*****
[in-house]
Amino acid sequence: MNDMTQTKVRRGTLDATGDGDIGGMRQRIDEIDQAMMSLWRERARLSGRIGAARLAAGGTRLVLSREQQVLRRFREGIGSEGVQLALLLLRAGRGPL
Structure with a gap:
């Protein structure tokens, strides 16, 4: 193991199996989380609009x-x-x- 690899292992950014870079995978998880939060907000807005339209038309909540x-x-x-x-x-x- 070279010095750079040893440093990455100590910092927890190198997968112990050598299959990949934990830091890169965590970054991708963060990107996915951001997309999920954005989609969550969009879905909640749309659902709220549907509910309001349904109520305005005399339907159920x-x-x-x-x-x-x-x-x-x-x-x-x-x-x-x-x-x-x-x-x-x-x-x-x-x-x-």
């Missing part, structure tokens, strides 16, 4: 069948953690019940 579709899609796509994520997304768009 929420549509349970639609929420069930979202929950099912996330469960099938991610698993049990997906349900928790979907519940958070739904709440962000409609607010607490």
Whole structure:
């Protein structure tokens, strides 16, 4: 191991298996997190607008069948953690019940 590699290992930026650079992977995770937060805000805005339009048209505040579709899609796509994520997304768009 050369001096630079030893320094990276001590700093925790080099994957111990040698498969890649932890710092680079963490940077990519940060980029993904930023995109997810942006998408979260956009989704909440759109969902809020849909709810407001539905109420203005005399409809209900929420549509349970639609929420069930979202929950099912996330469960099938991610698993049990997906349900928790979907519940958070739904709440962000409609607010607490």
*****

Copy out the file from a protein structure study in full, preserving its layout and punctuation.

[in-house]
Amino acid sequence: MNDMTQTKVRRGTLDATGDGDIGGMRQRIDEIDQAMMSLWRERARLSGRIGAARLAAGGTRLVLSREQQVLRRFREGIGSEGVQLALLLLRAGRGPL
Structure with a gap:
């Protein structure tokens, strides 16, 4: 193991199996989380609009x-x-x- 690899292992950014870079995978998880939060907000807005339209038309909540x-x-x-x-x-x- 070279010095750079040893440093990455100590910092927890190198997968112990050598299959990949934990830091890169965590970054991708963060990107996915951001997309999920954005989609969550969009879905909640749309659902709220549907509910309001349904109520305005005399339907159920x-x-x-x-x-x-x-x-x-x-x-x-x-x-x-x-x-x-x-x-x-x-x-x-x-x-x-």
């Missing part, structure tokens, strides 16, 4: 069948953690019940 579709899609796509994520997304768009 929420549509349970639609929420069930979202929950099912996330469960099938991610698993049990997906349900928790979907519940958070739904709440962000409609607010607490």
Whole structure:
């Protein structure tokens, strides 16, 4: 191991298996997190607008069948953690019940 590699290992930026650079992977995770937060805000805005339009048209505040579709899609796509994520997304768009 050369001096630079030893320094990276001590700093925790080099994957111990040698498969890649932890710092680079963490940077990519940060980029993904930023995109997810942006998408979260956009989704909440759109969902809020849909709810407001539905109420203005005399409809209900929420549509349970639609929420069930979202929950099912996330469960099938991610698993049990997906349900928790979907519940958070739904709440962000409609607010607490």